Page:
[sarex] Being prepared for Satellite SSTV is better than Not.
ka1rrw at yahoo.com
Mon Sep 8 13:49:43 PDT 2008
It’s better to be prepared (SSTV on ISS)
It is better to be prepared for the arrival of new projects on ISS, rather than being caught off guard for a project. In July 2006 the ARISS team was caught off guard by Commander Pavel Vinogradov on board ISS when he called Russian Mission control and informed them he was going to test Slow Scan TV from ISS, via a borrowed laptop computer. Pavel wanted to use SSTV to communicate with families and friends around the world during his ISS mission during the summer of 2006
At ARISS we were not expecting SSTV for another year at least since we still did not have an allocated laptop for Amateur Radio operations. We were also missing one chapter in the SSTV manual, and that was the chapter explaining which buttons to push on the D700 to take it out of cross-radio packet mode and put it on a pair of channels for SSTV. After a few tries, Commander Pavel Vinogradov was able to get the D700 into Simplex mode and we began to see a hand full of SSTV images coming down from ISS for the first time.
Since Pavel had set the radio to the wrong frequency we did not push this information out to the Amateur Radio public for political reasons. The down link frequency was perfectly legal under ITU Laws, however it was not one of the gentlemen’s agreement frequencies (ITU Laws, Satellite band 2-meters uplink and downlink, 144.000 – 146.000 MHz).
As a result of being unprepared, we missed a great opportunity to show the world what we can do with Amateur Radio SSTV in space. To date we are only aware of 8 unique images sent to Earth from ISS via Marex SpaceCam.
Two years later, we are still not prepared.
Astronaut tourist Richard Garriott’s is interested in using SSTV as part of his mission. Assuming the big huge stack of papers is signed by a bazillion people we may see some SSTV.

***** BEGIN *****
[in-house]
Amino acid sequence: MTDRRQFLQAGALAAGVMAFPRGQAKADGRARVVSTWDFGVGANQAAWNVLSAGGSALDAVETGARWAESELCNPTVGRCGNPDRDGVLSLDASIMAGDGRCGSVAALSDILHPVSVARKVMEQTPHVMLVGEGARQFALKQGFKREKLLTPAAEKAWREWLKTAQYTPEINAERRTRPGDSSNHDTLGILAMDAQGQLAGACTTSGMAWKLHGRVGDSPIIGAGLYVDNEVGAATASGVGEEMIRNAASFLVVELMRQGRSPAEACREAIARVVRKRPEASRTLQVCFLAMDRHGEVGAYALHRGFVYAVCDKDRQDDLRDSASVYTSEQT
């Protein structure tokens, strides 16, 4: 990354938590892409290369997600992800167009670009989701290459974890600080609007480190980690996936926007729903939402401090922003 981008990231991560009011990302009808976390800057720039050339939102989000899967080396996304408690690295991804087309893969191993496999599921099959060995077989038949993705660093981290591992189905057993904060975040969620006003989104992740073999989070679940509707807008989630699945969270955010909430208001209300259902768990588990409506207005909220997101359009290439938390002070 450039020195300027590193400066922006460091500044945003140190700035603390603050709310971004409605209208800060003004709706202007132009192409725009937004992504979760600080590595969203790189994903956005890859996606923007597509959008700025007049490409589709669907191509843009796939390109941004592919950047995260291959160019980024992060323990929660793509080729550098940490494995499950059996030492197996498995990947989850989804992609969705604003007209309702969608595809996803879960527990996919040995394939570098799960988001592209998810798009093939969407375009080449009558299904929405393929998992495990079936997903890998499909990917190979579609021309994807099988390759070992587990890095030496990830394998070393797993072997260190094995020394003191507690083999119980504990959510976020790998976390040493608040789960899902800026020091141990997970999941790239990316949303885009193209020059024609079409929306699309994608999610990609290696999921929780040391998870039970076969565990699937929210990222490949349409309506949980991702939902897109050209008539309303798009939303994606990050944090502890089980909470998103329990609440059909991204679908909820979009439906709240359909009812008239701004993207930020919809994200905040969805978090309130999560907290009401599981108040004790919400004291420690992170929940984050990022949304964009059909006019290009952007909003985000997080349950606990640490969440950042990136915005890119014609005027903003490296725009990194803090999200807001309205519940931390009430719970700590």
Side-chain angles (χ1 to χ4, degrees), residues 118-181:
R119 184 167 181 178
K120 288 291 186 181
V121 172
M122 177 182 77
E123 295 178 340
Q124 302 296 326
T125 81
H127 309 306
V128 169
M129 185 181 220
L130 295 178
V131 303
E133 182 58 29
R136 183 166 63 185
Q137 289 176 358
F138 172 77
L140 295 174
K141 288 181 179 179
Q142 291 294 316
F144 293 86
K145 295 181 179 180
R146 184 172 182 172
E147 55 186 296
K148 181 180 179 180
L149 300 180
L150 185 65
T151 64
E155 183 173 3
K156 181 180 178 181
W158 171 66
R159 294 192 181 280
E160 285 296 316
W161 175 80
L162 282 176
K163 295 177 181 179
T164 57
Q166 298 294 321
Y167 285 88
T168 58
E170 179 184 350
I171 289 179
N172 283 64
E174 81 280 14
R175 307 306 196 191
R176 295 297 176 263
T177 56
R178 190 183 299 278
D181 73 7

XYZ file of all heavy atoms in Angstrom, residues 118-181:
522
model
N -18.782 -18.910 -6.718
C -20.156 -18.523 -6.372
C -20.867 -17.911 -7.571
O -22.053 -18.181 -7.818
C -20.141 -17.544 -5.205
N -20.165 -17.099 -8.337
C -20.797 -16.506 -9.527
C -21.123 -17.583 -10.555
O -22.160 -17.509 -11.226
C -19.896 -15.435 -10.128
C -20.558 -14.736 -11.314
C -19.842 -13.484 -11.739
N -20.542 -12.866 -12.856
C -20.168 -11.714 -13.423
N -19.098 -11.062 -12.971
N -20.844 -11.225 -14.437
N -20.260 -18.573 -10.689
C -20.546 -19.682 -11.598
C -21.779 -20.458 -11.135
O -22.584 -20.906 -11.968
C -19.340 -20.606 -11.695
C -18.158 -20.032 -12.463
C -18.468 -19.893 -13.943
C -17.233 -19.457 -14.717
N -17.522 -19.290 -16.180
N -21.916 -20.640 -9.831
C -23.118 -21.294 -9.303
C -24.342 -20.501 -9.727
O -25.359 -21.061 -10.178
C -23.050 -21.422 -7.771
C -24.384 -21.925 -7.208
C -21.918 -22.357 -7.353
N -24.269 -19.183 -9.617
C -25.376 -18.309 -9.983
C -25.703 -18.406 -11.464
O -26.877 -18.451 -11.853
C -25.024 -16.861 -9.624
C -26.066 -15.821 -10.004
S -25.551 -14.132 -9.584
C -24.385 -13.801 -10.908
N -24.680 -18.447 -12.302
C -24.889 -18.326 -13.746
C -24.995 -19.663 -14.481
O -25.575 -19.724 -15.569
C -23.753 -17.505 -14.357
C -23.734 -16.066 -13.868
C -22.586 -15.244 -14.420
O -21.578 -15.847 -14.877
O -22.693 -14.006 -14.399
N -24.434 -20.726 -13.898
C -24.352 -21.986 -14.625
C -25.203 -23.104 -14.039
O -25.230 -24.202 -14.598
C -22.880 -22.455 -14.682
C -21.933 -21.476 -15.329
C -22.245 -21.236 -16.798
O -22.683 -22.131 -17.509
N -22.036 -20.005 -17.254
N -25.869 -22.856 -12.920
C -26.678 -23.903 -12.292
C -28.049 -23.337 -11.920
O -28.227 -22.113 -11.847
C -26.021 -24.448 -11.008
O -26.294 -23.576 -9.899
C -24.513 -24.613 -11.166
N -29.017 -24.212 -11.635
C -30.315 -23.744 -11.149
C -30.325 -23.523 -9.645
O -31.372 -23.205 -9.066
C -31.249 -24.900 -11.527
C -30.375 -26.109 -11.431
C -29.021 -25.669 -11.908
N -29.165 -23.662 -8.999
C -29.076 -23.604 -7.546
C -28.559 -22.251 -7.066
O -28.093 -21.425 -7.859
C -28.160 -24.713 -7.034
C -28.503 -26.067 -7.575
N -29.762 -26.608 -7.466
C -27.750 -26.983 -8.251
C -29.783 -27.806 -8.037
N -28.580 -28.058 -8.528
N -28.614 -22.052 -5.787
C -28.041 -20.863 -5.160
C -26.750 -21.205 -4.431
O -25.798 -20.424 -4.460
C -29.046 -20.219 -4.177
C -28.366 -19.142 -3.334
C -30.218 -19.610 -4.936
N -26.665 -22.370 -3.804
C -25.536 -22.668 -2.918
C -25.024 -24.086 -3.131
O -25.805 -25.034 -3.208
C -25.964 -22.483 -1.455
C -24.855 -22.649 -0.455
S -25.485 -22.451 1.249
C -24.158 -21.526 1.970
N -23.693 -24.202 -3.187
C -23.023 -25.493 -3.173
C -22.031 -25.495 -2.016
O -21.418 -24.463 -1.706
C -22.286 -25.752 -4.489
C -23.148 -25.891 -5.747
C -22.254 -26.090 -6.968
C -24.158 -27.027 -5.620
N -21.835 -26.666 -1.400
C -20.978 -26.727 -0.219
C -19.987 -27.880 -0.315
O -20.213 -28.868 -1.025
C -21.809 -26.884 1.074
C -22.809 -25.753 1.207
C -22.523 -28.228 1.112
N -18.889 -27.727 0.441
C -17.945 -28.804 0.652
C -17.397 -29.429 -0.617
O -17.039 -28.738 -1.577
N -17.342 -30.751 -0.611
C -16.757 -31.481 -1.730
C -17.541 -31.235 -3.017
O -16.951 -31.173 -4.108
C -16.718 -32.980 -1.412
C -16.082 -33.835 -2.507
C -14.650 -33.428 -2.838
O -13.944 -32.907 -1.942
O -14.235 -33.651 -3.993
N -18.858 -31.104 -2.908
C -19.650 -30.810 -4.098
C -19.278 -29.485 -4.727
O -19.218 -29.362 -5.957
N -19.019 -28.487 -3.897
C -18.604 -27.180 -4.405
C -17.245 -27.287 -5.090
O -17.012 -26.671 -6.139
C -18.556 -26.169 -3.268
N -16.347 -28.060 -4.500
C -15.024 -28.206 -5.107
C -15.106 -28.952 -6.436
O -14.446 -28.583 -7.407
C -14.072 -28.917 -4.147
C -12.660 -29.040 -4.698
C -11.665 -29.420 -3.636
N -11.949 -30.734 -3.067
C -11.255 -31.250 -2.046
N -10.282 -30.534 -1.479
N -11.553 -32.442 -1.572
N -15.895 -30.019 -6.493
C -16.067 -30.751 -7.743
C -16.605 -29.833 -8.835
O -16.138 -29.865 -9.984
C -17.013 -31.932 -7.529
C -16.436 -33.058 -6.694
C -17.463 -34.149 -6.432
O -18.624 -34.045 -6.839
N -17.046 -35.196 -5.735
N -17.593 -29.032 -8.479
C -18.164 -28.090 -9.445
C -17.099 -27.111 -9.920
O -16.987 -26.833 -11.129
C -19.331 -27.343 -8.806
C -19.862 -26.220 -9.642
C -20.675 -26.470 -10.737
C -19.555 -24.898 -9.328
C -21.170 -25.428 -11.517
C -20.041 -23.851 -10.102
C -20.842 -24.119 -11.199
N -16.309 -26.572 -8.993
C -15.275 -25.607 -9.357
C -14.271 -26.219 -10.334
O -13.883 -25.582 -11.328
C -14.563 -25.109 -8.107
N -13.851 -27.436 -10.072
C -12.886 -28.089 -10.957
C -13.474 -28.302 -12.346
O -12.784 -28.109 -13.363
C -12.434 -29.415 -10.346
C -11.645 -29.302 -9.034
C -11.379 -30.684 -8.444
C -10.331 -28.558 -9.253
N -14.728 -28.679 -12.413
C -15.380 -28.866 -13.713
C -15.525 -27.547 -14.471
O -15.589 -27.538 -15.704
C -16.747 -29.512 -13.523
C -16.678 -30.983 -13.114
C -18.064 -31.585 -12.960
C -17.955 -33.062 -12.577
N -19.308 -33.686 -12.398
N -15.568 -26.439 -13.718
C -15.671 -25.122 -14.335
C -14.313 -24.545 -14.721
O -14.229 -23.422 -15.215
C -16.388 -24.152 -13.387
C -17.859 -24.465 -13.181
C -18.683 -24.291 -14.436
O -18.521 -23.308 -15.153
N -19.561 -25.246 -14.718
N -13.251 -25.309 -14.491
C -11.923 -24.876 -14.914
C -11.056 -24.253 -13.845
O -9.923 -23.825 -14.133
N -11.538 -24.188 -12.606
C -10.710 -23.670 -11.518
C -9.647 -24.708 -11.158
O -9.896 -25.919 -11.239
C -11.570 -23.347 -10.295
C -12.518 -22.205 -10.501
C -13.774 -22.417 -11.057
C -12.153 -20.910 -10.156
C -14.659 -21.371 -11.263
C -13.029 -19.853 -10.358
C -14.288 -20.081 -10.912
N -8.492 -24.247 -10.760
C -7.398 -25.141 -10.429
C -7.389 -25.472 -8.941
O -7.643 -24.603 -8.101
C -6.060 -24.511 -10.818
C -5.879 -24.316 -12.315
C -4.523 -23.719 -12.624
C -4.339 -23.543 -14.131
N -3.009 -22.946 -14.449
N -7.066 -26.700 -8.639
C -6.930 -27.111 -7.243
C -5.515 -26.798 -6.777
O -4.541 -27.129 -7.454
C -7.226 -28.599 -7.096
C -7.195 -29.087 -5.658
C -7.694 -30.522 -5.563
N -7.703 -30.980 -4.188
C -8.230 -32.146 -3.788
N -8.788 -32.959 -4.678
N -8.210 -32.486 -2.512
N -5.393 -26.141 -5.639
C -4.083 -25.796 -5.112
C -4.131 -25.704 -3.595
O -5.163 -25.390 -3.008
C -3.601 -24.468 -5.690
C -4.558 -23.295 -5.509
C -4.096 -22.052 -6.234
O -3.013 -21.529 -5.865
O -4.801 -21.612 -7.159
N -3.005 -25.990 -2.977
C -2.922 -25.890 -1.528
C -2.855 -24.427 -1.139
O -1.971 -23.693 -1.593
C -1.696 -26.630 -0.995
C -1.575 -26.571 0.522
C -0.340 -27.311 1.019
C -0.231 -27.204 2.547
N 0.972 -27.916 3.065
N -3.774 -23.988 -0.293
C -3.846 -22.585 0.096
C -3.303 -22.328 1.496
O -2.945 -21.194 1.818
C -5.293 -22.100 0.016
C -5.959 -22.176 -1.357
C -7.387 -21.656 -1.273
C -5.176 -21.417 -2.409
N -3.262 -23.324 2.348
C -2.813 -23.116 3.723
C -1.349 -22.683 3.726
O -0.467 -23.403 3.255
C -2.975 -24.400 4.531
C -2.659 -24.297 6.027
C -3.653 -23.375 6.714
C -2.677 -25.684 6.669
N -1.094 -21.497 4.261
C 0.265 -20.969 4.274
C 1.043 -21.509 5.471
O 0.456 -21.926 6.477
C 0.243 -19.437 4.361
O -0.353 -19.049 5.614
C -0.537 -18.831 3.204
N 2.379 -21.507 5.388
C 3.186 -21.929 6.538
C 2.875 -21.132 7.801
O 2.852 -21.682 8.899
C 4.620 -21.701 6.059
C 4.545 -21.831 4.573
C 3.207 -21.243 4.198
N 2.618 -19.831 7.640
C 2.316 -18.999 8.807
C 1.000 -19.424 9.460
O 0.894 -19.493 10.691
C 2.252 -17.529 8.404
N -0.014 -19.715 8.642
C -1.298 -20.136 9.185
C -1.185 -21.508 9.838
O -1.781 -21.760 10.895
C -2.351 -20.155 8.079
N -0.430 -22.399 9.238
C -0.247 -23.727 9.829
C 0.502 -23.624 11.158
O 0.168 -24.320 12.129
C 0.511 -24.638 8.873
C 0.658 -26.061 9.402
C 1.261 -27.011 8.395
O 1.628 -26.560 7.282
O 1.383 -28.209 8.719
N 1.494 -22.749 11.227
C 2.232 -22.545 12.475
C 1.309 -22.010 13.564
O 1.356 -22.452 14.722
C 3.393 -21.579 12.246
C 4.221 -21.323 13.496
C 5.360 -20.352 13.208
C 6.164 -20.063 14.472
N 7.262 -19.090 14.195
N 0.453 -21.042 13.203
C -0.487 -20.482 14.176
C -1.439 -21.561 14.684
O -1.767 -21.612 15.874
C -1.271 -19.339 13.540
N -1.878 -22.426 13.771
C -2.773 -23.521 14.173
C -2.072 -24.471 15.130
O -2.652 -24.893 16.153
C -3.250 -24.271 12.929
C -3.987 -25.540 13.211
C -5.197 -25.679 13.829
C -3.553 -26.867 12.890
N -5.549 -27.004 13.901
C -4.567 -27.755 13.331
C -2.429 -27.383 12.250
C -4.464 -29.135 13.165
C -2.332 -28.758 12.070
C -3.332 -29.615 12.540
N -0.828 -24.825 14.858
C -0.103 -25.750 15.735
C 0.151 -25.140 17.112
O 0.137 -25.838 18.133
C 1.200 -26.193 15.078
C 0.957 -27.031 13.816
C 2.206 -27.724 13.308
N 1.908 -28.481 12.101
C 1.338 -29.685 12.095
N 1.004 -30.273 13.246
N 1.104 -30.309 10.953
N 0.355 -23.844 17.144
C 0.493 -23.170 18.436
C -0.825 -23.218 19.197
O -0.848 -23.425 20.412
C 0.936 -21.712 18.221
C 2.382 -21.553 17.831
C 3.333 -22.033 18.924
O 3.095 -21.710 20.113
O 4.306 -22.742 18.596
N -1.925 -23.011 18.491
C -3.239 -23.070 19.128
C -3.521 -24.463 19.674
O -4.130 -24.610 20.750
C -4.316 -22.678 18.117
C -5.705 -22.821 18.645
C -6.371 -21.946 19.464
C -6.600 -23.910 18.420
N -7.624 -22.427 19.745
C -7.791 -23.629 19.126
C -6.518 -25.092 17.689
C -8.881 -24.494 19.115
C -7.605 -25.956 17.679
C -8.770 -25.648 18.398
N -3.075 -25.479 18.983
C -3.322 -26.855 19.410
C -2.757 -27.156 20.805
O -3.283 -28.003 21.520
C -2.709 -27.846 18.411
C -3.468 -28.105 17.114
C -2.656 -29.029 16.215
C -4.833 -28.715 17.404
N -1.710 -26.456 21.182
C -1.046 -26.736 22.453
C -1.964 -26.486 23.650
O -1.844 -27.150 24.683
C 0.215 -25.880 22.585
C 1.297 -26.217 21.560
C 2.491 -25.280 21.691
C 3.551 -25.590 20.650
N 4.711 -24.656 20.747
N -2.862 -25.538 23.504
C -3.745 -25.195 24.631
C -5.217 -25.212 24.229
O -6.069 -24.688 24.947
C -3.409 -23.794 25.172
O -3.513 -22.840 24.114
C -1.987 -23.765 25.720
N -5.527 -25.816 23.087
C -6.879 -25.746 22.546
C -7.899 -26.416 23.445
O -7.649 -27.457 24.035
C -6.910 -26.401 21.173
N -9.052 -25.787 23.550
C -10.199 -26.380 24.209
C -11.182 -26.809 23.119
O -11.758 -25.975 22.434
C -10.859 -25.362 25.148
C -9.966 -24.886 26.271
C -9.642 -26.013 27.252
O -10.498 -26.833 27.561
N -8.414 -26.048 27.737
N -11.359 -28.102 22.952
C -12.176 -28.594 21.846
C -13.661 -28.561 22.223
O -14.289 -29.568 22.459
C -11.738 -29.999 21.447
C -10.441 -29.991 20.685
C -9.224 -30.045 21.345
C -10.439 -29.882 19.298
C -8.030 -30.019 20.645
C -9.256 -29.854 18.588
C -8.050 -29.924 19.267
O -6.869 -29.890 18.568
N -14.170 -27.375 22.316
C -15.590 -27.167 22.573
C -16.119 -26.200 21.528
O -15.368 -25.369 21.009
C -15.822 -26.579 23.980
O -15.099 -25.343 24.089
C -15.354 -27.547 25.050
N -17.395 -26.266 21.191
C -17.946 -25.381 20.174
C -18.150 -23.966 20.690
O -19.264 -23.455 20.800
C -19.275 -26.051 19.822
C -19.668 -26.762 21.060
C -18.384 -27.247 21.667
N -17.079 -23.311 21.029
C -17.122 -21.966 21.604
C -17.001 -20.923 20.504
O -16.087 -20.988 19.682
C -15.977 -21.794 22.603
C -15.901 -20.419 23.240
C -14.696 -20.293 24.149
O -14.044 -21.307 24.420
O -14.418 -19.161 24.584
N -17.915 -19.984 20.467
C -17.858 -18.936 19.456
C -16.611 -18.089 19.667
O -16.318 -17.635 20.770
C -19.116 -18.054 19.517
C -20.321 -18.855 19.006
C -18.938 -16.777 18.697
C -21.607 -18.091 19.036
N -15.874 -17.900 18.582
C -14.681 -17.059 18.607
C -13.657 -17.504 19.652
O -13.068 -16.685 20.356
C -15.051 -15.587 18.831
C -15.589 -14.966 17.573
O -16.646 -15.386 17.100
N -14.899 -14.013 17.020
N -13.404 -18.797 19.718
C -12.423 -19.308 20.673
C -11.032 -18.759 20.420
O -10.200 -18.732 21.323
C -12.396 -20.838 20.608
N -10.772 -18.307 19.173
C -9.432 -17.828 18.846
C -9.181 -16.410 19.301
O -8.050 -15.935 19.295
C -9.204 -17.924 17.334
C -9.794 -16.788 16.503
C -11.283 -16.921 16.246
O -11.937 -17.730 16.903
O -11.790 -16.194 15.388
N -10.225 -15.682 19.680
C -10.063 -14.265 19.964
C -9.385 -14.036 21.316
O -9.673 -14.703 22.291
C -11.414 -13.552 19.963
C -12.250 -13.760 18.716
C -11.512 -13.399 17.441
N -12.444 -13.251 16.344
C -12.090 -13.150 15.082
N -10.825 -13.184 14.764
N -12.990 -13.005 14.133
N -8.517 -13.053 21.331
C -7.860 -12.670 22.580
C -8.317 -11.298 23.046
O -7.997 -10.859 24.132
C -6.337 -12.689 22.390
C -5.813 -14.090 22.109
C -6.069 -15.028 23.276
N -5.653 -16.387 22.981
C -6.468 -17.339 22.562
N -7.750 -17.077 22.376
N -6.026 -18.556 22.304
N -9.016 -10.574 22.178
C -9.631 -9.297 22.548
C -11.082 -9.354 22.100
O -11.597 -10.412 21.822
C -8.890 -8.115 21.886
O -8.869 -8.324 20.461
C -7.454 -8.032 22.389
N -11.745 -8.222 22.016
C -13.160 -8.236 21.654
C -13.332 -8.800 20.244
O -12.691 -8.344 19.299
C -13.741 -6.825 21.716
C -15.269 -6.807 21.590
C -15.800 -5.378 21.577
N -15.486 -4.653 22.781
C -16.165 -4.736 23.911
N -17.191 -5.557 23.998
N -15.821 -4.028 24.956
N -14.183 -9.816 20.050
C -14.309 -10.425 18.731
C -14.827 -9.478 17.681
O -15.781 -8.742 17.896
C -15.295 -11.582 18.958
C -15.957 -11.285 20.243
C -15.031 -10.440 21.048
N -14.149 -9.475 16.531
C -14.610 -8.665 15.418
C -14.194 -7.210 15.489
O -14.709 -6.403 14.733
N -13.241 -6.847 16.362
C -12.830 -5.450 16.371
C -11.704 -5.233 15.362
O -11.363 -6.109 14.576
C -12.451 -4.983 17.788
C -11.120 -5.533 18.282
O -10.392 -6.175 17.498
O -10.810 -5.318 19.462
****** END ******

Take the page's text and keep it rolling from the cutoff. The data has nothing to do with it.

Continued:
We still do not have a dedicated laptop.
We still do not have chapters for setting up the D700 (see side notes #1 on the D700).
So while ARISS and the space agencies are busy shuffling papers, we should not sit idly by and wait. We should be ready for the possibility of SSTV from ISS during short Garriott’s mission in October 12-20th, 2008.
After all, for a 30 million US dollar space ride ticket, you do have some say in what project you want to run while on board ISS.
So, Dust off your 2-meter station.
Download your favorite SSTV application.
Plug your computer into your 2-meter station and start experimenting terrestrially with other friends on 2-meter FM SSTV.
As for Future Amateur Radio projects on ISS, you need to Tell ARISS/NASA what types of projects you think would be beneficial to the Amateur Radio space program.
Do you still want Packet?
Do you want a cross band repeater?
Do you want Streaming SSTV?
Do you want Streaming Web quality video?
Note: Fast scan TV will not fit in the satellite ITU band segments.
Data speeds over 1 megabit are not practical because of Doppler issues and the cost of your radio station will be out of the reach of most of us.
ISS Available Resources:
We currently have 7 coax cables on ISS that are connected to real antennas on the outside hull of ISS, which can be used for Amateur Radio projects.
Only one of these cables is currently connected to an amateur radio project (Kenwood TM-D700) the rest of the cables are not currently being used and are available for Amateur radio projects.
Cables 1-3 Multi-band antennas, 2-meters, 70cm and a patch 1.2-2.4 GHz (high coax loss above 1.2 GHz)
Cable #4 10 meters receive only antenna (will need a spacewalk to attached ground radial if you need to transmit on 10 meters)
Cable #5 2-meter antenna in FGB module (co-phased antennas tuned for 147 MHz)
Cables #6 1.2 GHz patch Columbus module (Note #2)
Cables #7 2.4 GHz patch Columbus module
D700 Sidebar #1:
The D700 on ISS is programmed with a unique and very complex configuration that uses both receivers and transmitters in a cross radio configuration (not cross band, cross radio). Both voice and packet modes are running for most modes at the same time. The cross radio setup made it very difficult for the crew to change channels manually, because you had to set transmit and receive channels on each radio separately. This is way Commander Pavel had such difficulty in finding a channel that would work with SSTV.
The cross-radio setup caused numerous problems and ARISS finally agreed to develop a simpler software setup. The new settings have been tested on earth and a subset of the changes was manually installed on the ISS D700. Once we turned off cross-radio operations we noticed a significant improvement in ISS packet performance.
As of this writing the full new software load for the ISS D700 has not been scheduled.
Side Bar #2 Columbus module:
At the present time the two antennas on the Columbus module are earmarked for Amateur Radio digital TV. Just need working hardware.
Miles Mann WF1F, former ARISS technical consultant.
Mir SSTV images
More information about the SAREX